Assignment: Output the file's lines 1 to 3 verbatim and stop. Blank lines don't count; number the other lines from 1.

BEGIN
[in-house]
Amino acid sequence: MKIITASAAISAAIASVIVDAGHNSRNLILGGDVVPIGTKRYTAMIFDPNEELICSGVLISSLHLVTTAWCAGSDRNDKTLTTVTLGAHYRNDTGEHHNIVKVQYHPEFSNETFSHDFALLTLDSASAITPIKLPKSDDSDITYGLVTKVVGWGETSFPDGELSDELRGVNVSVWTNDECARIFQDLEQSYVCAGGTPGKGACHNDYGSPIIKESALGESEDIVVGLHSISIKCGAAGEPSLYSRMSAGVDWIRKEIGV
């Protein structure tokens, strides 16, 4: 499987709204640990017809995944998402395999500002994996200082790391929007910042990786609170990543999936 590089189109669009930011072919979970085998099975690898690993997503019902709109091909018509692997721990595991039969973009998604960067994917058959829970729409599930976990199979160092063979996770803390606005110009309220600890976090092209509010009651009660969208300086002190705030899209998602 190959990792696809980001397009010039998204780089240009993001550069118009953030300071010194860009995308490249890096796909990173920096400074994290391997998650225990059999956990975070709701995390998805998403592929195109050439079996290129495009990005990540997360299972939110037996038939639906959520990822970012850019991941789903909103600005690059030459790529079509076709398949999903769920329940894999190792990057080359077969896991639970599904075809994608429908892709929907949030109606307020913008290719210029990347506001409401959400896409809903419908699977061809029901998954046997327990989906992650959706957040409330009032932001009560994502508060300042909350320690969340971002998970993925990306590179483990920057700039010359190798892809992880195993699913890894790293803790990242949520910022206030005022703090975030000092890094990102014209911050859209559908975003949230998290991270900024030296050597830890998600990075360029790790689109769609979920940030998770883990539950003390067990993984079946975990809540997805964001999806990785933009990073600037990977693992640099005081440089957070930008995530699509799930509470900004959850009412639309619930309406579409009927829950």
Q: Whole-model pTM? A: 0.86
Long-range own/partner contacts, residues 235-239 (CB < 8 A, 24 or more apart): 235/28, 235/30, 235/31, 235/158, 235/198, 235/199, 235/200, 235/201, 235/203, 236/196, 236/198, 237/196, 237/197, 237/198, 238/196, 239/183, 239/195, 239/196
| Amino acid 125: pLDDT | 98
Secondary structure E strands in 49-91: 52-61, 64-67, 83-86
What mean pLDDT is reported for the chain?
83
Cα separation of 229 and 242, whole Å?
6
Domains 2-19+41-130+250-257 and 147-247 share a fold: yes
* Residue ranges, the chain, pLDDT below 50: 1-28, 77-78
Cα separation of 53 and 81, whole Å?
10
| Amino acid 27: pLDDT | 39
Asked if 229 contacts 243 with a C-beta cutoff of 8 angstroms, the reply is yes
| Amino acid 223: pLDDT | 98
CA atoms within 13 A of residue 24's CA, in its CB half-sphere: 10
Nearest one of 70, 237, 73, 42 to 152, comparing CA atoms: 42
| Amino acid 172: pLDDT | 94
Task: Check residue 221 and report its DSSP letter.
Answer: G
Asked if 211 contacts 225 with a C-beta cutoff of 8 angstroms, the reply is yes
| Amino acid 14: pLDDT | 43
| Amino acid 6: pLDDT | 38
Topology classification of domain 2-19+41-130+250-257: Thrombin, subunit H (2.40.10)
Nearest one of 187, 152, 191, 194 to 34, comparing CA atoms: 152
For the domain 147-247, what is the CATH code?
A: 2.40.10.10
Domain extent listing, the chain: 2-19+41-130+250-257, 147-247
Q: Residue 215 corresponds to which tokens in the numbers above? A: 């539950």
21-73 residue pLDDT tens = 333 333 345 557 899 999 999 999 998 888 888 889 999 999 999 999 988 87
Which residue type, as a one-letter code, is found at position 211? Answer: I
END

[in-house]
Amino acid sequence: MKIITASAAISAAIASVIVDAGHNSRNLILGGDVVPIGTKRYTAMIFDPNEELICSGVLISSLHLVTTAWCAGSDRNDKTLTTVTLGAHYRNDTGEHHNIVKVQYHPEFSNETFSHDFALLTLDSASAITPIKLPKSDDSDITYGLVTKVVGWGETSFPDGELSDELRGVNVSVWTNDECARIFQDLEQSYVCAGGTPGKGACHNDYGSPIIKESALGESEDIVVGLHSISIKCGAAGEPSLYSRMSAGVDWIRKEIGV
């Protein structure tokens, strides 16, 4: 499987709204640990017809995944998402395999500002994996200082790391929007910042990786609170990543999936 590089189109669009930011072919979970085998099975690898690993997503019902709109091909018509692997721990595991039969973009998604960067994917058959829970729409599930976990199979160092063979996770803390606005110009309220600890976090092209509010009651009660969208300086002190705030899209998602 190959990792696809980001397009010039998204780089240009993001550069118009953030300071010194860009995308490249890096796909990173920096400074994290391997998650225990059999956990975070709701995390998805998403592929195109050439079996290129495009990005990540997360299972939110037996038939639906959520990822970012850019991941789903909103600005690059030459790529079509076709398949999903769920329940894999190792990057080359077969896991639970599904075809994608429908892709929907949030109606307020913008290719210029990347506001409401959400896409809903419908699977061809029901998954046997327990989906992650959706957040409330009032932001009560994502508060300042909350320690969340971002998970993925990306590179483990920057700039010359190798892809992880195993699913890894790293803790990242949520910022206030005022703090975030000092890094990102014209911050859209559908975003949230998290991270900024030296050597830890998600990075360029790790689109769609979920940030998770883990539950003390067990993984079946975990809540997805964001999806990785933009990073600037990977693992640099005081440089957070930008995530699509799930509470900004959850009412639309619930309406579409009927829950």